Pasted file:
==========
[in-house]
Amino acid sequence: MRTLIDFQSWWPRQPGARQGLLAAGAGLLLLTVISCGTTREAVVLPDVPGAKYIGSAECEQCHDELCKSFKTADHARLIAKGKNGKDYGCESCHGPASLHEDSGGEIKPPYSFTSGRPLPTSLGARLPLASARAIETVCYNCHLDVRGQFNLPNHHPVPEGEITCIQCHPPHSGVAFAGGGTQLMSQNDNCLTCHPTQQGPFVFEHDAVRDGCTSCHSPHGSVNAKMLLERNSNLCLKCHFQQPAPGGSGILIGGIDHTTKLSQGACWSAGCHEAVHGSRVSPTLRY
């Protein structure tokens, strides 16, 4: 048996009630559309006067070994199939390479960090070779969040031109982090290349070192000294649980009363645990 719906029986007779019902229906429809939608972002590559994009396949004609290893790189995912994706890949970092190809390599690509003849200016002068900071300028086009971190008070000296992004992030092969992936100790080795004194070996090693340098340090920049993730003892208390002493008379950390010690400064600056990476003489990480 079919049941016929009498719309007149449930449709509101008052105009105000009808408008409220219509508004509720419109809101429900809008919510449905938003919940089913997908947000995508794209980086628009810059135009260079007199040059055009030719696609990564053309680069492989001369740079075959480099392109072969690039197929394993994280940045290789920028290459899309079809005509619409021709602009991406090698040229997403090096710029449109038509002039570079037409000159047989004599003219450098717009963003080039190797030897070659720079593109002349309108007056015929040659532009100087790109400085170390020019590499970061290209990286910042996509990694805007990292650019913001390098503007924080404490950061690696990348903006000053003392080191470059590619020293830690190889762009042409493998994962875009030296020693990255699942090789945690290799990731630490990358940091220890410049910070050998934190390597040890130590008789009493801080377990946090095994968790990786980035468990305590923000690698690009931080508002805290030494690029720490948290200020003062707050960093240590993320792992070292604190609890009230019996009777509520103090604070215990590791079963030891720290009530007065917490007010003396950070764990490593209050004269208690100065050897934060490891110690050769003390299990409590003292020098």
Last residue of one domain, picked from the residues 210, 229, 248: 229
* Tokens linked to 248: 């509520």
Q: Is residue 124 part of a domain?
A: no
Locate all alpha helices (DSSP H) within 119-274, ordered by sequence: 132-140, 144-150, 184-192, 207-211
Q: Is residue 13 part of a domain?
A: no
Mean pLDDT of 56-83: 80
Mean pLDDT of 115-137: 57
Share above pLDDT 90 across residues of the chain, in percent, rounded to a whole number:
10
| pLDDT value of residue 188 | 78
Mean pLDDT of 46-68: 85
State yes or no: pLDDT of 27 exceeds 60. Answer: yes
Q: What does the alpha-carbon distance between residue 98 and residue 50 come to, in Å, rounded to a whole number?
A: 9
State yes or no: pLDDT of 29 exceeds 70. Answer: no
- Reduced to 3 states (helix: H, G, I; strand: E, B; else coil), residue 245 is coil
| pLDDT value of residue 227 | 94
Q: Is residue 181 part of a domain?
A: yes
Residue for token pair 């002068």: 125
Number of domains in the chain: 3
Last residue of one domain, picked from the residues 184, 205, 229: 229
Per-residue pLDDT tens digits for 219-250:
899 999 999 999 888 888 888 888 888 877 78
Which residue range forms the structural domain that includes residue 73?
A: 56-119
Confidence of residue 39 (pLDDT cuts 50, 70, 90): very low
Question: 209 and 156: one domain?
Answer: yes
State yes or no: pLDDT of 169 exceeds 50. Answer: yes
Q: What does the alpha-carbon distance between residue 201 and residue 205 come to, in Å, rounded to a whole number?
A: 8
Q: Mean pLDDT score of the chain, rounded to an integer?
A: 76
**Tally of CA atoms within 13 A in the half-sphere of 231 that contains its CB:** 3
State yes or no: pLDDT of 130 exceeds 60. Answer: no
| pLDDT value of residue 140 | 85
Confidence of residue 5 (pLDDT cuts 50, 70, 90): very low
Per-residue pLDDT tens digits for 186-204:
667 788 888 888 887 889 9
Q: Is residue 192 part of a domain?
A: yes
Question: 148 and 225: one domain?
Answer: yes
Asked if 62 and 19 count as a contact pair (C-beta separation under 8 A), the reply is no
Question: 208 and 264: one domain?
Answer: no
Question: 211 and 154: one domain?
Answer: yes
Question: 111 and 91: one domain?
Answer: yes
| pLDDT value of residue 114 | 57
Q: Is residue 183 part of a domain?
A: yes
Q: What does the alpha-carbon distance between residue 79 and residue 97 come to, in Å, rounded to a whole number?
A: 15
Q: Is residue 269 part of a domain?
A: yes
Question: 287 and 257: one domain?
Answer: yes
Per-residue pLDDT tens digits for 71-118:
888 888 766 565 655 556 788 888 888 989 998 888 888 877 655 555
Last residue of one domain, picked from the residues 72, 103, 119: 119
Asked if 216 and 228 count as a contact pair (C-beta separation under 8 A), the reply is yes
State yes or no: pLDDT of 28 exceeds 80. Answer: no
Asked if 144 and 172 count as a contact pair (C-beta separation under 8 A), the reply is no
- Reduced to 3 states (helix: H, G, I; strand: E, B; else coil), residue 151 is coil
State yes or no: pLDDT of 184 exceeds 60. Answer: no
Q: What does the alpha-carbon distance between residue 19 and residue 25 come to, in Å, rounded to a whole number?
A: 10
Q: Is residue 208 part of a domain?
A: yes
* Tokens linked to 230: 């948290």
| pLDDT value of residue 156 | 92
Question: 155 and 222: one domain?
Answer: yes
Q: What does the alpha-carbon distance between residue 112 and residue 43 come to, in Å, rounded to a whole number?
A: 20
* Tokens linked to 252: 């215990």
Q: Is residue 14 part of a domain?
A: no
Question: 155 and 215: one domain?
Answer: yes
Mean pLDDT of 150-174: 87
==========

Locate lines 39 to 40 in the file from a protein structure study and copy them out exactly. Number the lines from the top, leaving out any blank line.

A: 76
**Tally of CA atoms within 13 A in the half-sphere of 231 that contains its CB:** 3